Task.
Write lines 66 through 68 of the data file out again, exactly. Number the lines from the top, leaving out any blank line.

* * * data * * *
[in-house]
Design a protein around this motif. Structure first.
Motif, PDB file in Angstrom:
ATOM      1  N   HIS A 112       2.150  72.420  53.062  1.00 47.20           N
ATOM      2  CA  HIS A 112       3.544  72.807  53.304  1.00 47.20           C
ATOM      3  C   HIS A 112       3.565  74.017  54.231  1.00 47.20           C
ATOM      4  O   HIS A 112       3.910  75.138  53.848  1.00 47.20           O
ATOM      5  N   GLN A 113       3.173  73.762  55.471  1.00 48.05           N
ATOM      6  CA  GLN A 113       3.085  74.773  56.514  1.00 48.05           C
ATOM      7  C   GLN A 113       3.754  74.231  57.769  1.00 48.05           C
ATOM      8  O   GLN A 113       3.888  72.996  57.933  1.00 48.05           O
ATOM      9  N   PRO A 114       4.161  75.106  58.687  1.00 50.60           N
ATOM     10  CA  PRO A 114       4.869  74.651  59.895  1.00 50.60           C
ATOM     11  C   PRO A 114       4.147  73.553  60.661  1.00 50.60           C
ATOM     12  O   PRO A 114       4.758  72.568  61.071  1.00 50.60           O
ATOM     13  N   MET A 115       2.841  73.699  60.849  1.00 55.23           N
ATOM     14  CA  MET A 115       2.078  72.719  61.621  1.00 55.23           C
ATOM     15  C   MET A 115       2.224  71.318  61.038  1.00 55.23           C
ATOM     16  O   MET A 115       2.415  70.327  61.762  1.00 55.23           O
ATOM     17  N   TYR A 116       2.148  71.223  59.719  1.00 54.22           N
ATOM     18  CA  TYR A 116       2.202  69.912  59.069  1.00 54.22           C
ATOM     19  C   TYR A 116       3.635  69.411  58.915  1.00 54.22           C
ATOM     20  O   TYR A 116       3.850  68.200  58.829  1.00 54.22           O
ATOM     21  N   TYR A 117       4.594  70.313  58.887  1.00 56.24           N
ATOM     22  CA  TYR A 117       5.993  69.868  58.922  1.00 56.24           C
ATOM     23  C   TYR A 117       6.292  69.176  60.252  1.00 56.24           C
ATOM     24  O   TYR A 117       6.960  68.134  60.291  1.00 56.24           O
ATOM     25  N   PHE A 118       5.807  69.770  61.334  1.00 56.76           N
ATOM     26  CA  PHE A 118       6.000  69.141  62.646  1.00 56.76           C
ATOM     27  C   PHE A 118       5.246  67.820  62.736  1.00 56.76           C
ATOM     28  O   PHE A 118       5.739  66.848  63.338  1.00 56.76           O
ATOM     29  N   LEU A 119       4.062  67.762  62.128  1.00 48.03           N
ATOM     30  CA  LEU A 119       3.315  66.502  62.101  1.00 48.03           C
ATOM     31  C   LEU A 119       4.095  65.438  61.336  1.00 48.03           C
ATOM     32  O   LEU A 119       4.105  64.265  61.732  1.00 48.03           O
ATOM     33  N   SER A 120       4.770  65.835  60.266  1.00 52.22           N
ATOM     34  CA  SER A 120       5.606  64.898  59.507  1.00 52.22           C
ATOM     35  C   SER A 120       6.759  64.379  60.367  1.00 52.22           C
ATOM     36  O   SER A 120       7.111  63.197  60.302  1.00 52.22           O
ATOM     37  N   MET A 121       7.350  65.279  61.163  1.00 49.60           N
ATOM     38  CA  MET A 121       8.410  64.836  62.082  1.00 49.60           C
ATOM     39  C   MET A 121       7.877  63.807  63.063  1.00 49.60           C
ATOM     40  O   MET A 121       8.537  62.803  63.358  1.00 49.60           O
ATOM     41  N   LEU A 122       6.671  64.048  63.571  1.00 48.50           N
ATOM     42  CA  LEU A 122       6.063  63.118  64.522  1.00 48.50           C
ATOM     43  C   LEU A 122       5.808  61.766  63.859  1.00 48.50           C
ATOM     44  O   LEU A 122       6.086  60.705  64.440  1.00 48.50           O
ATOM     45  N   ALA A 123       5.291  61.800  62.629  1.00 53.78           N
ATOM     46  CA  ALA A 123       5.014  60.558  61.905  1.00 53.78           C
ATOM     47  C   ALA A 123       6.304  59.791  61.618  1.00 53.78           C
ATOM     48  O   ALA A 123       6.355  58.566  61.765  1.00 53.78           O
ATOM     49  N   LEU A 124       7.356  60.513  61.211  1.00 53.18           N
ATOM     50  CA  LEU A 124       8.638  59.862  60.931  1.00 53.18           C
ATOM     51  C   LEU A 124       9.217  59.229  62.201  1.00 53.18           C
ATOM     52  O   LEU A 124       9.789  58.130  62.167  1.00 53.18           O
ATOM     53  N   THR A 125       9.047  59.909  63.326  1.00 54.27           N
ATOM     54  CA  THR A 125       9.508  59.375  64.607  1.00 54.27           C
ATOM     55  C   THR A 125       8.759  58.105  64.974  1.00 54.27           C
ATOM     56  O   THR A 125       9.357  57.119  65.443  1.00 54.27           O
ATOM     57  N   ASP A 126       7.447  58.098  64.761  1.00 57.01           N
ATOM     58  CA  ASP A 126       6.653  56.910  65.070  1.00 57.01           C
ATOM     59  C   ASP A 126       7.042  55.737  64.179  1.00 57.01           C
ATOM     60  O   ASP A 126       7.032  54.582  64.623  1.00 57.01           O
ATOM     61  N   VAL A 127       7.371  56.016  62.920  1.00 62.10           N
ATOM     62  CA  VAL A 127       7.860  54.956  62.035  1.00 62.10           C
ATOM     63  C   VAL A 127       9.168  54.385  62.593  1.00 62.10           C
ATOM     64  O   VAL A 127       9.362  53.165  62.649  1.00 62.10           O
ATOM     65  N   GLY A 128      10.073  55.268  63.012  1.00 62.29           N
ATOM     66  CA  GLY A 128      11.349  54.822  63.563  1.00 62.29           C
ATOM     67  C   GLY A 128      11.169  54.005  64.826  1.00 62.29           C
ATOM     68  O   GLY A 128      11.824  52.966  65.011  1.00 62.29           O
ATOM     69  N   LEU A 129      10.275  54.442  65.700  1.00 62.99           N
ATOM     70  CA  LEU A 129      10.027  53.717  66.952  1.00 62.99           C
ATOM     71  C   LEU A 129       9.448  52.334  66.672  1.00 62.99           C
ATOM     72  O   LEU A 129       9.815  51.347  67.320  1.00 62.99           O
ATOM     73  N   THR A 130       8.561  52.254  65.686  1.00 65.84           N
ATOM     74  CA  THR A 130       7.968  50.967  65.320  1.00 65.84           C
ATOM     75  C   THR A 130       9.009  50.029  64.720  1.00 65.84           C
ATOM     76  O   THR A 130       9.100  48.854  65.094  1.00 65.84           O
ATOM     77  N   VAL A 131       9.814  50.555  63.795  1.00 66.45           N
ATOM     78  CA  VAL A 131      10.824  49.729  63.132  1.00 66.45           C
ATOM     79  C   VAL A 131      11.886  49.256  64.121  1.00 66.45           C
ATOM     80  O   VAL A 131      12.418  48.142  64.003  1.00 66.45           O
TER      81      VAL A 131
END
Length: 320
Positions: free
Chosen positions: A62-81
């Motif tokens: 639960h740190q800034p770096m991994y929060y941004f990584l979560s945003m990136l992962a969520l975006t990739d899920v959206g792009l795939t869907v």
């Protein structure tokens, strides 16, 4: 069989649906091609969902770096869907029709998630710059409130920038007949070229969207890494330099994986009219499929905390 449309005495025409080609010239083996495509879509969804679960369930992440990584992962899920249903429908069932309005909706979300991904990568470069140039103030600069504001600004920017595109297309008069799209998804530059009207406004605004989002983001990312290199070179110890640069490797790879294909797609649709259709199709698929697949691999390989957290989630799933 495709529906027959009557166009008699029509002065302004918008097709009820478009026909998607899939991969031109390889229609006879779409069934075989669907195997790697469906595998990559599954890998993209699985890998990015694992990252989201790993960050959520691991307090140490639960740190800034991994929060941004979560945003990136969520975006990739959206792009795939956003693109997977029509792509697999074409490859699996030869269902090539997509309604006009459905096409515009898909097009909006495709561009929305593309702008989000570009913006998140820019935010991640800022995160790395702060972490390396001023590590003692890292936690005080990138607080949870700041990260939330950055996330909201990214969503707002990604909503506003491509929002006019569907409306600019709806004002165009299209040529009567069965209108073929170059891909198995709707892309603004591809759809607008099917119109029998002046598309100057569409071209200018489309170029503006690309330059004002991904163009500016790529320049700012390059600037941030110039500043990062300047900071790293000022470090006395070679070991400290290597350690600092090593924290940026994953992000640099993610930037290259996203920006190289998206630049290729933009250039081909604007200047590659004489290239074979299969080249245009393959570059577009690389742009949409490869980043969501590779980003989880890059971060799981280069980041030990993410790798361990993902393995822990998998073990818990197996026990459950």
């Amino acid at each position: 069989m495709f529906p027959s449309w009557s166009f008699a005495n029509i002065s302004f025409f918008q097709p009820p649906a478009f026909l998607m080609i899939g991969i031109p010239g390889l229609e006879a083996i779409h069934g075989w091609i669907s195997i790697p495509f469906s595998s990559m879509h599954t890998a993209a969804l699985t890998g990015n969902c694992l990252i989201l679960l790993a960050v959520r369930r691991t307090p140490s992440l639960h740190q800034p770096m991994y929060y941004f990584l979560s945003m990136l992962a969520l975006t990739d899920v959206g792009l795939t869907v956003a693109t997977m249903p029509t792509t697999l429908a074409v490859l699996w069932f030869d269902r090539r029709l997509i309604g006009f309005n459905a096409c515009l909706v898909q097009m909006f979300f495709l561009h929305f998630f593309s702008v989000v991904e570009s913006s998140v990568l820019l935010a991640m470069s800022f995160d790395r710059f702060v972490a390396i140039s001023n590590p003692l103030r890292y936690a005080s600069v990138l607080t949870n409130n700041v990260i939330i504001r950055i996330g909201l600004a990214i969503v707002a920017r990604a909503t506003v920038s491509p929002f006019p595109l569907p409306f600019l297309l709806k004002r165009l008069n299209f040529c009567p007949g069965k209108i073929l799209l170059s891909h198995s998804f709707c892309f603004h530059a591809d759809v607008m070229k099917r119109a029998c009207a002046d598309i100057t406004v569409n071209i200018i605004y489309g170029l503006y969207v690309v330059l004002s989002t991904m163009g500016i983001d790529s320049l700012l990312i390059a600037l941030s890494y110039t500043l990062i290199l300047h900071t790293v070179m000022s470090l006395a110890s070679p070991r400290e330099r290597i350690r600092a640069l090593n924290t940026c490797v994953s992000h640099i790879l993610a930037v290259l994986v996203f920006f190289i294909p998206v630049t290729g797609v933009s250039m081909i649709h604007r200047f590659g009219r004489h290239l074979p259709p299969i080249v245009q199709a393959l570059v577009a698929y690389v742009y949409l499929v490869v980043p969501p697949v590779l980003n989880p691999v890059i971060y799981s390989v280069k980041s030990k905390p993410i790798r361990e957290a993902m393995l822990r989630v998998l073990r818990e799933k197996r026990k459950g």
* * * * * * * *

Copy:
ATOM     63  C   VAL A 127       9.168  54.385  62.593  1.00 62.10           C
ATOM     64  O   VAL A 127       9.362  53.165  62.649  1.00 62.10           O
ATOM     65  N   GLY A 128      10.073  55.268  63.012  1.00 62.29           N